An experimental documentary focusing on the artist’s mother, a third-generation Chinese-Trinidadian who at 80 still has vivid memories of a history lost or quickly disappearing. The film interweaves interviews, personal narrative, home movies and verité footage of the Caribbean in an exploration of the formation of race, class and gender under colonialism. In a 2002 essay, queer theorist José Esteban Muñoz wrote: Fung’s relationship to and love for his mother is at the centre of My Mother’s Place. The video paints an endearing portrait of Rita Fung as a woman who came of age during colonialism and took her identifications with the colonial paradigm with her to the moment of decolonization… This video portrait of his mother is a queer son’s attempt to reconstruct and better understand his identity formation through equally powerful identifications, counter-identifications and disidentifications with his mother and her own unique relationship to the signs of colonization.
Richard Fung is an artist and writer born in Trinidad and based in Toronto. His work comprises challenging videos on subjects ranging from the role of the Asian male in gay pornography to colonialism, immigration, racism, homophobia, AIDS, justice in Israel/Palestine, and his own family history. He is Professor Emeritus at OCAD University.
Imani Jacqueline Brown
Remote Sensations of Disintegration
Pulling together multiple strands of research and writing, New Orleans native Imani Jacqueline Brown considers ideas of home and practice from the perspective of her current London location. She writes: A coast erodes. A city floods. A person moves. A deeply situated practice is dis-embedded, re-embodied, shifts its focus, sees from the bird’s-eye-view, senses from the ancestor’s-eye-view. What does home mean anymore anyway, if one’s home has already faced (survived?) the end of days, if its people have been displaced, if it has become unrecognizable to those who remain, if its future is condemned by foreseen cataclysm? Can home be anchored against rising seas? As we migrate to escape ecological degradation, we carry traces of home within our cells.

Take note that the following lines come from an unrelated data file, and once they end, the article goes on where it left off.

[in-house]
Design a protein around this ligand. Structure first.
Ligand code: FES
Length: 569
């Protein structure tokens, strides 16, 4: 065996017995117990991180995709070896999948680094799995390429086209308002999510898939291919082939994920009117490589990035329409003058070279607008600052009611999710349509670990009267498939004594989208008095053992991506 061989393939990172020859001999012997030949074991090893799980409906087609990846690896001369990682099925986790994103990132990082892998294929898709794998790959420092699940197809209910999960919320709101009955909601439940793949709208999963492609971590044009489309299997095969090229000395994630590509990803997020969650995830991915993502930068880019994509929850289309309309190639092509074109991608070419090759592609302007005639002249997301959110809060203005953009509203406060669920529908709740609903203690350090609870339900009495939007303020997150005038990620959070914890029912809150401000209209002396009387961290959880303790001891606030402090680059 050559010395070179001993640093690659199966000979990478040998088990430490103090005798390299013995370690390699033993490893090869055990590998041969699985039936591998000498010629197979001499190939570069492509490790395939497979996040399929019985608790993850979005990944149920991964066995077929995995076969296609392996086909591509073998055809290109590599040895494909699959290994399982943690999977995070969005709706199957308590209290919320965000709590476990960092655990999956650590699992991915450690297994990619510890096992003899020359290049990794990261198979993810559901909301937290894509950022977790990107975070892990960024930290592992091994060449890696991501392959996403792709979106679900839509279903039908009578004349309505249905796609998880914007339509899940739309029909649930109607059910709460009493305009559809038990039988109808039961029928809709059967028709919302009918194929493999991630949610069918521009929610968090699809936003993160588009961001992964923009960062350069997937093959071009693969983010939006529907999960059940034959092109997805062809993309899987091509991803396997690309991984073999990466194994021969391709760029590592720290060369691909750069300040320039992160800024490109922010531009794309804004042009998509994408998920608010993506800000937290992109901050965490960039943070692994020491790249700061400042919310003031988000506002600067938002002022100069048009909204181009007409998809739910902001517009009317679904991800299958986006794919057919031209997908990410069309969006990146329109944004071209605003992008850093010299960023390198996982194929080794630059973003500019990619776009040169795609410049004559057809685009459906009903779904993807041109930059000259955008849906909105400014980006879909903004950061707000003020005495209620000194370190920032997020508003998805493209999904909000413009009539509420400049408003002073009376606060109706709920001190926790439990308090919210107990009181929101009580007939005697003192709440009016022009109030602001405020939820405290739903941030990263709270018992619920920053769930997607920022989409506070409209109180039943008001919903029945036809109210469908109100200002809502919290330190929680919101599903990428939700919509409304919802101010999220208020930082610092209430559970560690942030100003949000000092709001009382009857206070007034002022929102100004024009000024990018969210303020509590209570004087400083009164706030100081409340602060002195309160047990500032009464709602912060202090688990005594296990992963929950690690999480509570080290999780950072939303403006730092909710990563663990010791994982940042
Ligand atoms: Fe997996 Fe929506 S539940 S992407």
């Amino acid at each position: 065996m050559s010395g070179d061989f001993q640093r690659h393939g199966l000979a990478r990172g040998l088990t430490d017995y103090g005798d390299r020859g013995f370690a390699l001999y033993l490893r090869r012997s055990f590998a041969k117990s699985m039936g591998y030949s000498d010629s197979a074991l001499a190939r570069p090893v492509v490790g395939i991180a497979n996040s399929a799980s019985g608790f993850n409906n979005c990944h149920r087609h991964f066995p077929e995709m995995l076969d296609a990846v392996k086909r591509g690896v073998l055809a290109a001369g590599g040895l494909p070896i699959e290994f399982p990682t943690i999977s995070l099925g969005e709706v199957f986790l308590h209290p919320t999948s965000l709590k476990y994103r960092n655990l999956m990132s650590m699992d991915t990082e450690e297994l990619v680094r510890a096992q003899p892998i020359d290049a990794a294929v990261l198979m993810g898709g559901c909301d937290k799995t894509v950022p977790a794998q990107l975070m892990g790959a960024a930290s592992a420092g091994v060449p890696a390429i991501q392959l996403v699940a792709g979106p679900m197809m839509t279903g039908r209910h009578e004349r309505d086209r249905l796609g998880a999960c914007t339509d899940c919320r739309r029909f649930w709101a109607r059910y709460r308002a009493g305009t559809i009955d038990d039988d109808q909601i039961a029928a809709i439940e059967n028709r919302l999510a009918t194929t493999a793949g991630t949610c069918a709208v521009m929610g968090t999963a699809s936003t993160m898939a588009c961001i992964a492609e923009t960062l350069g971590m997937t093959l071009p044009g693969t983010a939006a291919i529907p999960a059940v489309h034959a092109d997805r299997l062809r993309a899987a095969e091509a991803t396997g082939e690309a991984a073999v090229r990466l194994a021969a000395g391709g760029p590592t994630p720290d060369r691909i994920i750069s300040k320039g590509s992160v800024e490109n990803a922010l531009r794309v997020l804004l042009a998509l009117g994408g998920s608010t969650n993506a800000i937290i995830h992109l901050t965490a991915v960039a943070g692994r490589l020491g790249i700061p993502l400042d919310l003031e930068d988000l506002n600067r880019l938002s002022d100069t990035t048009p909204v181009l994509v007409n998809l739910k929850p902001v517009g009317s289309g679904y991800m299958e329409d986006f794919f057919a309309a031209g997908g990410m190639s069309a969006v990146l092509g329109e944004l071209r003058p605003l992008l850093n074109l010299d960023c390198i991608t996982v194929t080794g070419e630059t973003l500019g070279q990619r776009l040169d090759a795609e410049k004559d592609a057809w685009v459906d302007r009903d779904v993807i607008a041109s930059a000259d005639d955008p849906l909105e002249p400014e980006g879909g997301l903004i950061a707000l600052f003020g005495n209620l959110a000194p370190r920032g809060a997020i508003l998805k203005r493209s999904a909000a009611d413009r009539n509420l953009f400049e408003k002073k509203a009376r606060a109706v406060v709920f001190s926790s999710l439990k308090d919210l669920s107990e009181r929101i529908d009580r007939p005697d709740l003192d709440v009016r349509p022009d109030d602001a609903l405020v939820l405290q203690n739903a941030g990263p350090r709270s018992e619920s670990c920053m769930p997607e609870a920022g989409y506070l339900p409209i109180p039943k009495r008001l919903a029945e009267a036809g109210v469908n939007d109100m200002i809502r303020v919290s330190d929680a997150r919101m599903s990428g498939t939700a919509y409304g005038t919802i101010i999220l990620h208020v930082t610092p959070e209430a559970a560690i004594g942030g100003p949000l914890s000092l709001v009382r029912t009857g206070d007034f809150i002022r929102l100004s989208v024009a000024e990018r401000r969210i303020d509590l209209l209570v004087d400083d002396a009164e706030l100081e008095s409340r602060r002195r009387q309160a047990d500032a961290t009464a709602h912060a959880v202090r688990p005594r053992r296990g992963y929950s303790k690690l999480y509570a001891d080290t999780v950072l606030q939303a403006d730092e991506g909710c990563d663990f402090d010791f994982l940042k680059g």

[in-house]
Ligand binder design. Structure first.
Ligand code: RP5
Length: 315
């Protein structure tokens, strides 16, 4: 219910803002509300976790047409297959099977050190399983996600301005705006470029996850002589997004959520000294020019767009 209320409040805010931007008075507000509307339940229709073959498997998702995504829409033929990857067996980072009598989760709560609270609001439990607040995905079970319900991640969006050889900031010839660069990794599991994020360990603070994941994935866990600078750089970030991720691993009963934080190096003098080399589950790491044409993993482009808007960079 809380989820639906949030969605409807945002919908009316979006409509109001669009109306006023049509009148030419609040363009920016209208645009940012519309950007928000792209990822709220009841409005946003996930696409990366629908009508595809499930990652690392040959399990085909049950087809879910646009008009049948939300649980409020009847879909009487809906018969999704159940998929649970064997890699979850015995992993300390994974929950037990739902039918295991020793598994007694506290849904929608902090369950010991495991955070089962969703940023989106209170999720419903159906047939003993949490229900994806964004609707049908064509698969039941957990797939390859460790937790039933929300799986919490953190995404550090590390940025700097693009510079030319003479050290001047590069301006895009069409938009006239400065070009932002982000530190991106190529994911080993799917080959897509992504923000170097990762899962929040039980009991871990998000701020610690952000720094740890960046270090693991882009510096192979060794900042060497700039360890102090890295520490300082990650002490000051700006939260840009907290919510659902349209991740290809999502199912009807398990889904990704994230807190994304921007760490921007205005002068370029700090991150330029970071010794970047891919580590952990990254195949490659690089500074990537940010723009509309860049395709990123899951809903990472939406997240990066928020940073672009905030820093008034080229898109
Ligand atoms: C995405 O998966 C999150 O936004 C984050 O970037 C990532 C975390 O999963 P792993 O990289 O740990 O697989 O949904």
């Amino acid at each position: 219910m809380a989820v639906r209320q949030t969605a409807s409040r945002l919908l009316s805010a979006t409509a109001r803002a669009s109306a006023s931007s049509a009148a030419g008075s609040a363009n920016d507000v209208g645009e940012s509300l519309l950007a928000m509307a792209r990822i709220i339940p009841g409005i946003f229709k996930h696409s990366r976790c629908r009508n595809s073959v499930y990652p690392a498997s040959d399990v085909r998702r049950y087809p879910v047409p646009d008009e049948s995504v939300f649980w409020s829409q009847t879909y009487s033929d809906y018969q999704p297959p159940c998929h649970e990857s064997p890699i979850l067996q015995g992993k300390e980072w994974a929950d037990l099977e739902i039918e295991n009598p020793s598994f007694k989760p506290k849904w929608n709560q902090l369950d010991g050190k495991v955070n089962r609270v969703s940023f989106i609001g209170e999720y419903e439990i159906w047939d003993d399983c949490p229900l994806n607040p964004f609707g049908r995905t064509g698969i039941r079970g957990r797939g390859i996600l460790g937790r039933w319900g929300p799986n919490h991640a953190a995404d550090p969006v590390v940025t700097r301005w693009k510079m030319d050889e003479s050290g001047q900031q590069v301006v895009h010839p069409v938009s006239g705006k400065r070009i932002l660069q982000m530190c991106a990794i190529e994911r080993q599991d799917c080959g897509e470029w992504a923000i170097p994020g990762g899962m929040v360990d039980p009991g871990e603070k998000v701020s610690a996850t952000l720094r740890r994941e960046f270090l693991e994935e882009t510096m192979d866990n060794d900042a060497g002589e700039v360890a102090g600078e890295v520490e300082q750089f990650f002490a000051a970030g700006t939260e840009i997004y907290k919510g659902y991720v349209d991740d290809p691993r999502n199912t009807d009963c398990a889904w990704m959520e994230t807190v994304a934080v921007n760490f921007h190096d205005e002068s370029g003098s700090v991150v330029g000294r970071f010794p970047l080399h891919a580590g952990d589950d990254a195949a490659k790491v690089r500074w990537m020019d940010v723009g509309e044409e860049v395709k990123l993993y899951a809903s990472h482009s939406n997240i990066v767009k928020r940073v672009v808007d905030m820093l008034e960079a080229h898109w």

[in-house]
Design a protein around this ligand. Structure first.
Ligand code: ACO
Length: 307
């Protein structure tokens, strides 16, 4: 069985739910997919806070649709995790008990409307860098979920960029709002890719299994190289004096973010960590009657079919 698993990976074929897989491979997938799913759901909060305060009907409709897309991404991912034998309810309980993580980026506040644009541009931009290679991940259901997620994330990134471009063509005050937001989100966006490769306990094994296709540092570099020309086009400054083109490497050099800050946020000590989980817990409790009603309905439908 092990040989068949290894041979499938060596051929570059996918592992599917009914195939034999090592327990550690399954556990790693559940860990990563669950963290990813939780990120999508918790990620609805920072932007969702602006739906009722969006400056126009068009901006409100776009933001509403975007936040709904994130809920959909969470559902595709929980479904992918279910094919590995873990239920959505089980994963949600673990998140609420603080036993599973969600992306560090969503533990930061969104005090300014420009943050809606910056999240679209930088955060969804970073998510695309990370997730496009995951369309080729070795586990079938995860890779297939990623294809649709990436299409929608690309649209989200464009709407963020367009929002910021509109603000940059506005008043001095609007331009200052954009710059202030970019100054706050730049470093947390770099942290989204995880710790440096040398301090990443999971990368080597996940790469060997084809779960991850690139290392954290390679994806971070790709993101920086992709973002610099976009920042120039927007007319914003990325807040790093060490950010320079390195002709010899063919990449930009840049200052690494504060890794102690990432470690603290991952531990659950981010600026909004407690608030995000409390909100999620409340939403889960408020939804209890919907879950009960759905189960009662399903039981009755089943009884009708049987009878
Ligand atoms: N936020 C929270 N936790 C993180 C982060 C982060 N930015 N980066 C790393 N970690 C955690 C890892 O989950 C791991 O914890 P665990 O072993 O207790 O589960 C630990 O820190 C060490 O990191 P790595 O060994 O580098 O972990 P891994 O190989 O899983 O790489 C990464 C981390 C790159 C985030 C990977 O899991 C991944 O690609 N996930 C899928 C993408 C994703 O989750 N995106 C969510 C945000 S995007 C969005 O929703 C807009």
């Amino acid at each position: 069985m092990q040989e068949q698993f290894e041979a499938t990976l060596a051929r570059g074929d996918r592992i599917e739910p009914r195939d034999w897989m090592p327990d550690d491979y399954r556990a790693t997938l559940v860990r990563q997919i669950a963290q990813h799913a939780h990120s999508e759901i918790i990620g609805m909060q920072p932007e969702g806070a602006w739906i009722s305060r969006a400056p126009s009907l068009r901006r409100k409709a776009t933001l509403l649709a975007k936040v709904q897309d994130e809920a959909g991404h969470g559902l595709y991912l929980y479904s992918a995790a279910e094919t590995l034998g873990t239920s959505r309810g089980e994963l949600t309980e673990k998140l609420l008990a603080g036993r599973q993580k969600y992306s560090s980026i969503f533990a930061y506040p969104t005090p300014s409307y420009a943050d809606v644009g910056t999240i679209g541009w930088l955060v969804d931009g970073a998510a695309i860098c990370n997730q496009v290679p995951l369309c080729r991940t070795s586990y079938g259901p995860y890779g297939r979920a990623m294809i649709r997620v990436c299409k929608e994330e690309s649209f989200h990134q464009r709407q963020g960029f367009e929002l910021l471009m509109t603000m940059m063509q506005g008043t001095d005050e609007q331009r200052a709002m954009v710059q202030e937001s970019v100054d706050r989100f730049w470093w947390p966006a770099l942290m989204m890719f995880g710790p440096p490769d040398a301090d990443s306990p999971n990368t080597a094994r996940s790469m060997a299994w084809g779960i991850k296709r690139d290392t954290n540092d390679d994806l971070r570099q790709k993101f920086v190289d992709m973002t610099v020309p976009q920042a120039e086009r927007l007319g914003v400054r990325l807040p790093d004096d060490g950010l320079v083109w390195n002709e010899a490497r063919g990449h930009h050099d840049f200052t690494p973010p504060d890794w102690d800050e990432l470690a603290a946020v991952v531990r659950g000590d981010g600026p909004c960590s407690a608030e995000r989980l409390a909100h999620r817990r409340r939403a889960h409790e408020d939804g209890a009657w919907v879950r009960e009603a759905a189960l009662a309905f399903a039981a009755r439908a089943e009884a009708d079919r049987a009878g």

Imani Jacqueline Brown is an artist, activist, researcher, and writer from New Orleans. Her work attempts to expose the layers of injustice, resistance, and refusal that form the foundation of US society. Imani believes that art can drive policy and orients her practice toward the ever-elusive flicker of justice on the horizon, knowing that our world cannot find balance until social, ecological, and economic reparations are won. She is completing her MA in Research Architecture at Goldsmiths, University of London.